Don’t get me wrong. When a player gives me his opinion on what I should do it’s great. It means he cares. Of course he might be completely off the map but he’s trying to help.

On game development forums it’s different however. Forums are what they are, self-promotion spaces where people like to hear themselves talking. It’s not true for everyone but I don’t really expect sincere help there. You need to have a good advice filter when it comes to forums.

One thing in common though, everybody seems to think I didn’t do some homework, that I didn’t already tried a couple of things. It’s just annoying.

“You should do a better tutorial, execution is rough, graphics should be better, there should be more GMs, there should be more content, there should have less PvP, you should run some ads, you should write your press emails that way” and so on. According to these advice it would change everything.

In the first months of Golemizer I was trying to “fix” everything. “Fixing” by following too many advices because I was a noob and thought I couldn’t follow my own idea. I was afraid of making mistakes. Well that’s probably the biggest mistake I’ve made. I knew that most people giving me advice had no idea what they were talking about but doubt was created and I couldn’t help myself but to think “maybe if I do this it would work”. Guess what! It only lead to more mistakes!

I tried something for Blimp Wars release. I went to IndieGamer and started a thread with everything I done to release the game. The answers went from “you did everything” to “you should do a completely different game, here’s how you should do it”. Since the release of Blimp Wars was a failure I had to work on myself to not believe those saying “you should make a whole different game” as what they were telling me was to make a game like Golemizer. Those that told me that I did everything didn’t count the fact that the others that gave me advice on how to write to the press would make me waste hours of emails writing as the game wasn’t covered at all (the advices were from someone that still didn’t covered the game).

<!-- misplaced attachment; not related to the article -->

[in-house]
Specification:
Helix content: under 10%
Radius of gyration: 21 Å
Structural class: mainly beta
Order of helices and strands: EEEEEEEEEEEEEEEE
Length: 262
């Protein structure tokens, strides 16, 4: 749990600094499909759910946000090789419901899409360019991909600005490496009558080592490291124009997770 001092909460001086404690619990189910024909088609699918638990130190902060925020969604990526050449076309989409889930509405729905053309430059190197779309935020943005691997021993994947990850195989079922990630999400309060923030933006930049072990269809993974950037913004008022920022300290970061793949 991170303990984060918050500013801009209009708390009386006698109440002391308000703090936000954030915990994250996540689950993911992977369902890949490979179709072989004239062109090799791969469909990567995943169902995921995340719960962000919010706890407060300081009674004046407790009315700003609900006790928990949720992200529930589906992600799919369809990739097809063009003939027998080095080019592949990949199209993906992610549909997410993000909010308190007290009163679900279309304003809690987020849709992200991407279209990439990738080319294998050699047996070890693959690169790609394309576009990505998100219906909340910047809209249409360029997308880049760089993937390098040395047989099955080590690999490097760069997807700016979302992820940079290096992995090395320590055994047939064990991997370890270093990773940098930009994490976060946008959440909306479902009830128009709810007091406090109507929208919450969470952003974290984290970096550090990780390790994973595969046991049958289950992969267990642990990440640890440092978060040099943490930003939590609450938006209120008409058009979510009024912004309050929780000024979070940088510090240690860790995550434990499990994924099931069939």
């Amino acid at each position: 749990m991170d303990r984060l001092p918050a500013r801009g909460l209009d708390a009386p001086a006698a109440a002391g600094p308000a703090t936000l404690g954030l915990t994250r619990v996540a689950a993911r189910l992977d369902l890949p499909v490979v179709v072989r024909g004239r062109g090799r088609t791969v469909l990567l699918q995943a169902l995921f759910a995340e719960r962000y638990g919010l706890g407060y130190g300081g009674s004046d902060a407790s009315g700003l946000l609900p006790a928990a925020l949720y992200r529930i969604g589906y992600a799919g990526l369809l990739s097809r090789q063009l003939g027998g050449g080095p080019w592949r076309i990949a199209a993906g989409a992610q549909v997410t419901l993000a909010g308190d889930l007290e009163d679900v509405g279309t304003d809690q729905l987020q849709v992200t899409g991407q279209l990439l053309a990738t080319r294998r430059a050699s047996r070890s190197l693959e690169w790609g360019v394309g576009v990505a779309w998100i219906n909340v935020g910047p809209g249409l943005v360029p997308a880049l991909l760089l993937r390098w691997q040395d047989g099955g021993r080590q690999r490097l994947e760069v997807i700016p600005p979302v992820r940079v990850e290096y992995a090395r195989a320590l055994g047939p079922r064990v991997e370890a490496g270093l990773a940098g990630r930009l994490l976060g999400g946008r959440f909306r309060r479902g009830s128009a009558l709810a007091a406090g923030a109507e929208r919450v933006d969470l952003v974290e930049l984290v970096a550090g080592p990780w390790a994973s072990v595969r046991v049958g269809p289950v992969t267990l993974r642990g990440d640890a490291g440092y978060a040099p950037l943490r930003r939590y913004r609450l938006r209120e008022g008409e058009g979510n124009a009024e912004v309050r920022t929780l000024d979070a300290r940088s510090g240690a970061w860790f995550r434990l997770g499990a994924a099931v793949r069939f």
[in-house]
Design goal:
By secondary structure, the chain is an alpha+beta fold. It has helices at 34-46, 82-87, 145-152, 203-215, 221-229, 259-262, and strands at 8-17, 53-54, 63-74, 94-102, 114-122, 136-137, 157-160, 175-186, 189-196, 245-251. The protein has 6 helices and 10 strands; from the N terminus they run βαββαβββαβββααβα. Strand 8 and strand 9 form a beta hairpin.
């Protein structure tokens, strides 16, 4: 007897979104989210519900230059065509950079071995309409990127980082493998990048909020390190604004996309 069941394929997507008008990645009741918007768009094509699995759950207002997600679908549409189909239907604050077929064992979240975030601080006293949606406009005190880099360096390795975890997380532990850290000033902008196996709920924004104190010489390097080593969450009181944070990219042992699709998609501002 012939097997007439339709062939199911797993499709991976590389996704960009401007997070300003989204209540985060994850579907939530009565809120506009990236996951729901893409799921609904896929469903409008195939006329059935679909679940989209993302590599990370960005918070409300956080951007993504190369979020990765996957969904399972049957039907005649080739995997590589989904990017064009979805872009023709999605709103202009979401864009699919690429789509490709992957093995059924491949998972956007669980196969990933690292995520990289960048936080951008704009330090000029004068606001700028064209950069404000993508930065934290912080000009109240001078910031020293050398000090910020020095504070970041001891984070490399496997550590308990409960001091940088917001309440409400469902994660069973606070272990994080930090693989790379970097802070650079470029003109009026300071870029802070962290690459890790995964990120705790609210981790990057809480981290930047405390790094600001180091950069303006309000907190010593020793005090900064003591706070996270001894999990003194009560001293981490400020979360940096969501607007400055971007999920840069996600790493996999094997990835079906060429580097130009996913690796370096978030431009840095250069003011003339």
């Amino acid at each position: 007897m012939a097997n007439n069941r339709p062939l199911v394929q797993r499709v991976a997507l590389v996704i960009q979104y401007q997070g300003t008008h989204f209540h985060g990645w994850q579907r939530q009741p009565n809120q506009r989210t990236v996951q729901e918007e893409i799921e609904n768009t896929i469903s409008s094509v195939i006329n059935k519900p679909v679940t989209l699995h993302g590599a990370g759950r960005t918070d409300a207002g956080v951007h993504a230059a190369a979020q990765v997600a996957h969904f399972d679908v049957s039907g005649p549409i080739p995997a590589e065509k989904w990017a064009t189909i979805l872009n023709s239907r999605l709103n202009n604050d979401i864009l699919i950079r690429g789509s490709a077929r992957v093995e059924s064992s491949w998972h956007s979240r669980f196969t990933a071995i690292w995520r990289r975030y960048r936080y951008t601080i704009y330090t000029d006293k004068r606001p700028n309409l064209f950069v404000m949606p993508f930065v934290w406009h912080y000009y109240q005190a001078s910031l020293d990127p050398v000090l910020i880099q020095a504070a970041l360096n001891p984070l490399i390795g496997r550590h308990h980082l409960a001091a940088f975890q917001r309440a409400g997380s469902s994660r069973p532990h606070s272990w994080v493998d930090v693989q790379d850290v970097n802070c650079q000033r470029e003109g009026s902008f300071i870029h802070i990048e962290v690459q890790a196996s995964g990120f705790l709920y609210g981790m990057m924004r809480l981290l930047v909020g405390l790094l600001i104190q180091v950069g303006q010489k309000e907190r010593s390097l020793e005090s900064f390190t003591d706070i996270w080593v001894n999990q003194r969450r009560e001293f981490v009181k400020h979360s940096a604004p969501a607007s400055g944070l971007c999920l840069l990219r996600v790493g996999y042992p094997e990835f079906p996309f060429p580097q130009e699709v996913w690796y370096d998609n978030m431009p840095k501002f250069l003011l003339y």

Of course, there’s always the possibility of “the game just sucks”. Well the more I discover new games the less I believe that. I’ve seen ridiculous ideas succeed and also good ones fail (not just mine). Success is a mix of a lot of small things that nobody knows for sure the exact recipe. It’s hard to actually believe when you never released a game (if I had a penny for each time I heard that “it will work” I’d be rich already) but then I’d invite those people to actually release a successful game before making such statements­.

So no, sorry to tell you, you don’t know what I should do. I just need one hand to count the people that actually helped me. The others were just saying empty words filled with good intention. I can’t be mad at them as they were trying to help me. I can however blame myself for listening to them from time to time.

As I’ve come to realize it always comes down to hopes and expectations. When I look at people on IndieGamer I realize that even if I’m not making profits with Golemizer it is making more money than a lot of people there. It doesn’t mean they aren’t successful. It just means they are happy with less than I am. There it is. Success isn’t defined by the perception of others but by what you expect of yourself. That’s why advice often fails. Few can understand what you’re after.